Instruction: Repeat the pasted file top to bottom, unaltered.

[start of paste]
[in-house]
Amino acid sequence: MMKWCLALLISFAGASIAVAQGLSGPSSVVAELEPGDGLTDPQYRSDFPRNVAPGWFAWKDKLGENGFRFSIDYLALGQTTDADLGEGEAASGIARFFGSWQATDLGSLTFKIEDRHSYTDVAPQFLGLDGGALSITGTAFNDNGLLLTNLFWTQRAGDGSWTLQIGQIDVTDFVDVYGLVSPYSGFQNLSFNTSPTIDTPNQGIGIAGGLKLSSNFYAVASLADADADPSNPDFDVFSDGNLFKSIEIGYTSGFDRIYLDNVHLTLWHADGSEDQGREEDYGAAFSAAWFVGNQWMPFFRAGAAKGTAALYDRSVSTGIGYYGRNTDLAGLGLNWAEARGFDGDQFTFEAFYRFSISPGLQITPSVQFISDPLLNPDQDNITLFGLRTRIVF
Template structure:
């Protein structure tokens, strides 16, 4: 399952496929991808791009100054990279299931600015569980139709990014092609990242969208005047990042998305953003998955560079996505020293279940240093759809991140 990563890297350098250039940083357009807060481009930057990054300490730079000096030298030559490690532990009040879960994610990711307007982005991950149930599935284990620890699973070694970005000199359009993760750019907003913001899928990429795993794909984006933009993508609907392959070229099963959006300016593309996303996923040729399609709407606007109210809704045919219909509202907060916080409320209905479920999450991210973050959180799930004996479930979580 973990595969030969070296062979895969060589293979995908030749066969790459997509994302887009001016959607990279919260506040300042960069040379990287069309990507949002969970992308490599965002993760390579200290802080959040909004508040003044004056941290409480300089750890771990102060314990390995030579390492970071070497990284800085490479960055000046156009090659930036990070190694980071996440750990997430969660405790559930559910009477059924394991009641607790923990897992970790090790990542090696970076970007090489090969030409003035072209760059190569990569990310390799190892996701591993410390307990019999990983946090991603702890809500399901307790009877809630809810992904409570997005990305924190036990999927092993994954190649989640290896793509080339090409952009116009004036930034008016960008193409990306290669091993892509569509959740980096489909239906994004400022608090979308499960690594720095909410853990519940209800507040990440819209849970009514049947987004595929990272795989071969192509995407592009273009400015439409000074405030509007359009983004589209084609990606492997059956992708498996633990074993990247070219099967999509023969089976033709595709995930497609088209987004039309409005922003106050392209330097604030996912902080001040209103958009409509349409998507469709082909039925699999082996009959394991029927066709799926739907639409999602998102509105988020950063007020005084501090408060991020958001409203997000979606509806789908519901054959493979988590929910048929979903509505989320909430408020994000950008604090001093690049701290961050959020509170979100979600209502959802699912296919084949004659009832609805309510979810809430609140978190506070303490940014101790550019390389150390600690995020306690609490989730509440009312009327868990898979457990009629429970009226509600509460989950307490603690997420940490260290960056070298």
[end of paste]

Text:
[in-house]
Amino acid sequence: MMKWCLALLISFAGASIAVAQGLSGPSSVVAELEPGDGLTDPQYRSDFPRNVAPGWFAWKDKLGENGFRFSIDYLALGQTTDADLGEGEAASGIARFFGSWQATDLGSLTFKIEDRHSYTDVAPQFLGLDGGALSITGTAFNDNGLLLTNLFWTQRAGDGSWTLQIGQIDVTDFVDVYGLVSPYSGFQNLSFNTSPTIDTPNQGIGIAGGLKLSSNFYAVASLADADADPSNPDFDVFSDGNLFKSIEIGYTSGFDRIYLDNVHLTLWHADGSEDQGREEDYGAAFSAAWFVGNQWMPFFRAGAAKGTAALYDRSVSTGIGYYGRNTDLAGLGLNWAEARGFDGDQFTFEAFYRFSISPGLQITPSVQFISDPLLNPDQDNITLFGLRTRIVF
Template structure:
């Protein structure tokens, strides 16, 4: 399952496929991808791009100054990279299931600015569980139709990014092609990242969208005047990042998305953003998955560079996505020293279940240093759809991140 990563890297350098250039940083357009807060481009930057990054300490730079000096030298030559490690532990009040879960994610990711307007982005991950149930599935284990620890699973070694970005000199359009993760750019907003913001899928990429795993794909984006933009993508609907392959070229099963959006300016593309996303996923040729399609709407606007109210809704045919219909509202907060916080409320209905479920999450991210973050959180799930004996479930979580 973990595969030969070296062979895969060589293979995908030749066969790459997509994302887009001016959607990279919260506040300042960069040379990287069309990507949002969970992308490599965002993760390579200290802080959040909004508040003044004056941290409480300089750890771990102060314990390995030579390492970071070497990284800085490479960055000046156009090659930036990070190694980071996440750990997430969660405790559930559910009477059924394991009641607790923990897992970790090790990542090696970076970007090489090969030409003035072209760059190569990569990310390799190892996701591993410390307990019999990983946090991603702890809500399901307790009877809630809810992904409570997005990305924190036990999927092993994954190649989640290896793509080339090409952009116009004036930034008016960008193409990306290669091993892509569509959740980096489909239906994004400022608090979308499960690594720095909410853990519940209800507040990440819209849970009514049947987004595929990272795989071969192509995407592009273009400015439409000074405030509007359009983004589209084609990606492997059956992708498996633990074993990247070219099967999509023969089976033709595709995930497609088209987004039309409005922003106050392209330097604030996912902080001040209103958009409509349409998507469709082909039925699999082996009959394991029927066709799926739907639409999602998102509105988020950063007020005084501090408060991020958001409203997000979606509806789908519901054959493979988590929910048929979903509505989320909430408020994000950008604090001093690049701290961050959020509170979100979600209502959802699912296919084949004659009832609805309510979810809430609140978190506070303490940014101790550019390389150390600690995020306690609490989730509440009312009327868990898979457990009629429970009226509600509460989950307490603690997420940490260290960056070298």